Editor's note: The death toll for the helicopter crash is now being reported as nine, according to the LA Times. This was not reflected in our print edition, but our online version is now updated. The Exponent regrets this error.
I was sitting at my desk when I read the news on Twitter. TMZ was the first to break it. Being skeptical of anything that comes from them, I didn’t believe it. More reports came in. I still denied it. No matter how many confirmations I read, I couldn’t make sense of it.
Kobe Bryant, five-time NBA champion, 18-time All-Star, 2008 NBA MVP, 41-year-old husband and father of four, is dead.
To make matters worse, his 13-year-old daughter, Gianna, was another of the nine passengers who died in the helicopter crash.
Growing up a sports fan, I shouted out “Kobe” every time I tossed a piece of garbage into a trash can like so many other kids. I argued relentlessly with friends over where he stood in the all-time greatest list. I watched in awe as he earned his fourth and fifth ring in 2009 and 2010, averaging 30 points a game in both postseason stints.
Kobe changed the game of basketball for good. Wearing No. 24 as a direct distinction of his game from that of Michael Jordan, Kobe ushered in the next era of greats and did so with flying colors. In his rookie season, he became the 1997 Slam Dunk Contest champion. A year later, he was an All-Star. From 2000 to 2002, he teamed up with Lakers legend Shaquille O’Neal to win three consecutive NBA championships in Los Angeles.
Just hours before he died, Bryant was passed on the all-time regular season scoring list by Lebron James, and is now sitting at fourth. Bryant’s final tweet read:
Continuing to move the game forward @KingJames. Much respect my brother 💪🏾 #33644— Kobe Bryant (@kobebryant) January 26, 2020
A game between the Houston Rockets and Denver Nuggets was just under way when news of Bryant’s death broke. Bryant, who is a legend in the world of sports, was undoubtedly an inspiration for many players currently in the league. The impact of this loss became obvious when Rockets players were seen on the bench with tears in their eyes.
Bryant was bigger than basketball. That much is obvious. In 2006, Bryant and his wife founded the Kobe and Vanessa Bryant Family Foundation. According to the foundation’s website, it is “dedicated to improving the lives of youth and families in need, both domestically and globally, and encouraging young people to stay active through sports. The Foundation provides financial resources, develops unique programs and raises awareness for relevant issues in order to strengthen communities through educational and cultural enrichment opportunities.”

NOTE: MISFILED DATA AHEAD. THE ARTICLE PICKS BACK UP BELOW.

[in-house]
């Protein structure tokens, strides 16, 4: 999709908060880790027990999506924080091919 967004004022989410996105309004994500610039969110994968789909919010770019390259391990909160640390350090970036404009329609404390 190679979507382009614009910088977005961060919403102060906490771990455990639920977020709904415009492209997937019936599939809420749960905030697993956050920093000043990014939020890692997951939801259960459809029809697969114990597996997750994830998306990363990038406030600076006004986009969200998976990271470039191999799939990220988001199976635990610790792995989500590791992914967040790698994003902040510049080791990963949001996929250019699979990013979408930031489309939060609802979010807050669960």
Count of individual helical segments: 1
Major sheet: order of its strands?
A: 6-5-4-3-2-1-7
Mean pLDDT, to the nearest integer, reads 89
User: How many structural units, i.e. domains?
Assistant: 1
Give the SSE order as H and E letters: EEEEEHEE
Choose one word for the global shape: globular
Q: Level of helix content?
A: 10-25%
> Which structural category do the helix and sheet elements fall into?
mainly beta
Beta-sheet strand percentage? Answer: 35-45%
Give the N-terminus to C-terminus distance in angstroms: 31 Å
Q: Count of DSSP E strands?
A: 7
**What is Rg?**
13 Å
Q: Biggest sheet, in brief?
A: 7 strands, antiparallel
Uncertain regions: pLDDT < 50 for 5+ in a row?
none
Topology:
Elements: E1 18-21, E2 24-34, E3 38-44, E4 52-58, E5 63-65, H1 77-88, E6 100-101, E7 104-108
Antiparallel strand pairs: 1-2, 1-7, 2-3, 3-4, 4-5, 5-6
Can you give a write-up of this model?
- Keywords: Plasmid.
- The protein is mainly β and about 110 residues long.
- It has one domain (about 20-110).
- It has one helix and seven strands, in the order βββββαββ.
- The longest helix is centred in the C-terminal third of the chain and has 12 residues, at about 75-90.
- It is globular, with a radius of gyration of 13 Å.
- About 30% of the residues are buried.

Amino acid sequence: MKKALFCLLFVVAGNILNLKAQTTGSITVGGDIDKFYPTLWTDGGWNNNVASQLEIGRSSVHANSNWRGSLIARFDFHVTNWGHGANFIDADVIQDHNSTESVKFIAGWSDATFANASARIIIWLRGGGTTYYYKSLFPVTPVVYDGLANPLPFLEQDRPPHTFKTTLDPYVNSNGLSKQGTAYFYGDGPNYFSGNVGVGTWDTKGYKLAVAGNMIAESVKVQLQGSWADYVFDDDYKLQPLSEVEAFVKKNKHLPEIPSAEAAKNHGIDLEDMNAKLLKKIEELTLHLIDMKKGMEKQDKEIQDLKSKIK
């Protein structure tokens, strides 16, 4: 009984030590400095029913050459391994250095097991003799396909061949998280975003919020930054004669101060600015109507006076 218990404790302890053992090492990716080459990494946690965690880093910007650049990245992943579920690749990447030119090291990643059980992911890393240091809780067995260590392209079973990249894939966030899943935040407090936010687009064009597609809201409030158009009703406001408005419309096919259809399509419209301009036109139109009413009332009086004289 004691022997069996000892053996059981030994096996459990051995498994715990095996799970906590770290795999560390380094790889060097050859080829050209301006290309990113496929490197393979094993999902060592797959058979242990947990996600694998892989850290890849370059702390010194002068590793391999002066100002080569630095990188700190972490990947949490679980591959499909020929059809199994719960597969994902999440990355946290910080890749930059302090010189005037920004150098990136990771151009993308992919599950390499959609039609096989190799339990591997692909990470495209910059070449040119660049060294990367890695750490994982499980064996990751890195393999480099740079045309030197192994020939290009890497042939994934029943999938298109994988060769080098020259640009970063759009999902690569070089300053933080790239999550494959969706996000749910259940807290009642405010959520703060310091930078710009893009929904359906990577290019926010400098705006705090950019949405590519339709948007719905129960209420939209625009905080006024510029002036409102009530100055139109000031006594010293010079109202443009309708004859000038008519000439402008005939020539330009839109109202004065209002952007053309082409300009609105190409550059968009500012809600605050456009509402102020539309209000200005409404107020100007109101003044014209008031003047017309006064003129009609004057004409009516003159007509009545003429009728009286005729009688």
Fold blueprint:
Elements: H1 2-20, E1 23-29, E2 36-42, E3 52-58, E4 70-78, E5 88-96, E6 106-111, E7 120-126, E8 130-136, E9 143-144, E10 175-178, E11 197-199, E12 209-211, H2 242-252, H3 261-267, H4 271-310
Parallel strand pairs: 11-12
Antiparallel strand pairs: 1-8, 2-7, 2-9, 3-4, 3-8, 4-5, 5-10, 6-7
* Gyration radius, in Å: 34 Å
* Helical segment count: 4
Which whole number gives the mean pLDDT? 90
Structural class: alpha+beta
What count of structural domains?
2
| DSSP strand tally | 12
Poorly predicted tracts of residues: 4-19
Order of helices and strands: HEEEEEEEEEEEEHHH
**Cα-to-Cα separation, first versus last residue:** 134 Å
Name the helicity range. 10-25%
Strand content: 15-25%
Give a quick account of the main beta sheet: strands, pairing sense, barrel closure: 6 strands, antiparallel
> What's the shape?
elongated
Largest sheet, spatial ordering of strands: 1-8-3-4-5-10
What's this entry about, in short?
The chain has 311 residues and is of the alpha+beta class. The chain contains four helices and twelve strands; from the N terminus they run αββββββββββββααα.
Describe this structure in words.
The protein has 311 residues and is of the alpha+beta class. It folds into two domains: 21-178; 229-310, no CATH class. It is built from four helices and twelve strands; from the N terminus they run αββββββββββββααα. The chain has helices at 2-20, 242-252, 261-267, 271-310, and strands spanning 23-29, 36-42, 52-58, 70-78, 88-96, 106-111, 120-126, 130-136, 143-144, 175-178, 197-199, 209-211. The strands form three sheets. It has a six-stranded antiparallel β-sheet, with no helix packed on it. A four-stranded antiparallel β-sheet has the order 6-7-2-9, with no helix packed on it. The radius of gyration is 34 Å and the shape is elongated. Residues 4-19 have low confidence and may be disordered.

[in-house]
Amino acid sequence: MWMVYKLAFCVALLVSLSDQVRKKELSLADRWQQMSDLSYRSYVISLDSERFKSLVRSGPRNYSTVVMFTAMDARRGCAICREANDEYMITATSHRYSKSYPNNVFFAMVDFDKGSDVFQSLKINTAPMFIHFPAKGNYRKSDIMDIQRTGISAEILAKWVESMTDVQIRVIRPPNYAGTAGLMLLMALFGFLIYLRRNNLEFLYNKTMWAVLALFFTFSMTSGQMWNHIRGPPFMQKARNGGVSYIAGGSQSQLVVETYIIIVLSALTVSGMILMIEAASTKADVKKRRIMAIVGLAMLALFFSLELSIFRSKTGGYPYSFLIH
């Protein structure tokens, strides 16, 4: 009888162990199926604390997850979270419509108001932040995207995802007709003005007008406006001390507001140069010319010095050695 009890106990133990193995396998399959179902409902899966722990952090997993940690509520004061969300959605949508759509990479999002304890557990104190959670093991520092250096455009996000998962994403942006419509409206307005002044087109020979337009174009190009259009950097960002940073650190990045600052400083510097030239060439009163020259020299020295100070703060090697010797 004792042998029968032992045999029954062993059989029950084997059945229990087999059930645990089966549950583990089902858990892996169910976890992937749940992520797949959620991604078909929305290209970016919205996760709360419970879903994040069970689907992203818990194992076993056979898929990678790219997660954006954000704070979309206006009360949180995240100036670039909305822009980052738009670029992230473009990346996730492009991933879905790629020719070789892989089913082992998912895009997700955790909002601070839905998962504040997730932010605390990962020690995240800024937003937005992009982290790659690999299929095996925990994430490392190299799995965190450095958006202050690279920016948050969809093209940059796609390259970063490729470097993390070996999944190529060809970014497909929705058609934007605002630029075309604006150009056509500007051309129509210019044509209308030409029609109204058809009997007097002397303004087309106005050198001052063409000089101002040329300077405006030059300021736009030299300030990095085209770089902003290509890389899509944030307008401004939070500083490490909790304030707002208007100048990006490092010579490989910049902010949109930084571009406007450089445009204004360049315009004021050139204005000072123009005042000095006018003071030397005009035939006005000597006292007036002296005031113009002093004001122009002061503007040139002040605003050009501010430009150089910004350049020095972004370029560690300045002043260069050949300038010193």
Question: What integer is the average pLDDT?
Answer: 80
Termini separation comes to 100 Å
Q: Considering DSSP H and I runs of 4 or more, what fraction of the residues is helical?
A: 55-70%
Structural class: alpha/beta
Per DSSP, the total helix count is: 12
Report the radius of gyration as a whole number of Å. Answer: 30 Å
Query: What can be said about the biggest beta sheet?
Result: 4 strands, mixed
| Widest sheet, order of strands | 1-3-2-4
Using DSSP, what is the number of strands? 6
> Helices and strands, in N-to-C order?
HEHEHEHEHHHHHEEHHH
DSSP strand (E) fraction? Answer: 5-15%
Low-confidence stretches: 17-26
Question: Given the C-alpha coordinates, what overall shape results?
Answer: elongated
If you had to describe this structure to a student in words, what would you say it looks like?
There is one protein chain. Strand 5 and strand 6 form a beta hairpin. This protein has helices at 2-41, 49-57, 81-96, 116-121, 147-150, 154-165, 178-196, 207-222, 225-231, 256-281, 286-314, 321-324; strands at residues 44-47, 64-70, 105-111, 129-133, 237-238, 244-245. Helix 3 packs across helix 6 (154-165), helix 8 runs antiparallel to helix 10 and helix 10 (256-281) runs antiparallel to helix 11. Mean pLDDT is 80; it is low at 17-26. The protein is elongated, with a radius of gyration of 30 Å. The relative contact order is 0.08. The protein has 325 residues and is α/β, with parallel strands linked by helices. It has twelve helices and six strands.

Bryant also spent his time volunteering with the Make-a-Wish Foundation, NBA Cares and the Boys and Girls Clubs of America.
I know what it’s like to mourn the loss of a family member. The sudden realization that one day a person that you care so much about is simply gone from your life. There’s nothing you can do about it but hope that it’s all dream that you’ll eventually wake up from. But you never wake up, because you were never asleep.
My uncle has been living with brain cancer for some time now. If it takes him, I don’t know what I would do. I don’t know how I would deal with it. I can only imagine how much worse that feeling is when it comes as unexpectedly as this.
Bryant’s wife and daughters have hard days ahead of them.
They have hard years ahead of them. Because the loss of someone you love is never forgotten. The pain never goes away.
In 2018, Bryant earned an Academy Award for Best Animated Short Film for “Dear Basketball.” A four-minute eulogy in and of itself, the film was based on a letter Bryant wrote to The Players Tribune in November of 2015, announcing his retirement from the game of basketball.
I have never been one to stan celebrities after their deaths. It feels almost disrespectful to become more infatuated with a person and their work after they are gone. In the recent past, I’ve seen people become self-proclaimed loyal fans of late rappers Juice WRLD and Mac Miller only after their untimely deaths, claiming they were fans from the start when it’s clear they weren’t.
So in light of that, I feel obligated to admit that my first viewing of “Dear Basketball” came after I heard the news of Bryant’s passing. After watching, I can only assume that the feelings the following quote evoked in 2017 pale in comparison to what it’s doing to people now:
“And that’s OK.
I’m ready to let you go.
I want you to know now
So we both can savor every moment we have left together.
The good and the bad.
We have given each other
All that we have.”
Kobe Bryant gave the game of basketball everything he had, and so much more. The effects of his death will be felt by the world of sports forever. But the truth is, we weren’t ready to let you go. Nobody was, and nobody is. But life doesn’t care about what we are ready for. So thank you Kobe, for being you. We will never forget you.